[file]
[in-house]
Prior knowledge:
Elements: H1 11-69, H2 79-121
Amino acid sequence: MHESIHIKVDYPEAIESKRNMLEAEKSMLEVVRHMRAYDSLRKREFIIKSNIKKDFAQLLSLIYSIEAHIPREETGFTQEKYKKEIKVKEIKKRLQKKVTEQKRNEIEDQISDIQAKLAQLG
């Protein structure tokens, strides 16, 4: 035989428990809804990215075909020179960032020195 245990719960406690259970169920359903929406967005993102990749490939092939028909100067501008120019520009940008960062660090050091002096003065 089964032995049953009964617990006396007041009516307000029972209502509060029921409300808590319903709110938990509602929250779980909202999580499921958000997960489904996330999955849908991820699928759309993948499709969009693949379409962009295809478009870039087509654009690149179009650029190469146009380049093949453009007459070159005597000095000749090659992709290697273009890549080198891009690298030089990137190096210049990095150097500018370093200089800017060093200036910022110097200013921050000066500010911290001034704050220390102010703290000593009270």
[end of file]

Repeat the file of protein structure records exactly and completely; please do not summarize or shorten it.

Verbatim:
[in-house]
Prior knowledge:
Elements: H1 11-69, H2 79-121
Amino acid sequence: MHESIHIKVDYPEAIESKRNMLEAEKSMLEVVRHMRAYDSLRKREFIIKSNIKKDFAQLLSLIYSIEAHIPREETGFTQEKYKKEIKVKEIKKRLQKKVTEQKRNEIEDQISDIQAKLAQLG
């Protein structure tokens, strides 16, 4: 035989428990809804990215075909020179960032020195 245990719960406690259970169920359903929406967005993102990749490939092939028909100067501008120019520009940008960062660090050091002096003065 089964032995049953009964617990006396007041009516307000029972209502509060029921409300808590319903709110938990509602929250779980909202999580499921958000997960489904996330999955849908991820699928759309993948499709969009693949379409962009295809478009870039087509654009690149179009650029190469146009380049093949453009007459070159005597000095000749090659992709290697273009890549080198891009690298030089990137190096210049990095150097500018370093200089800017060093200036910022110097200013921050000066500010911290001034704050220390102010703290000593009270």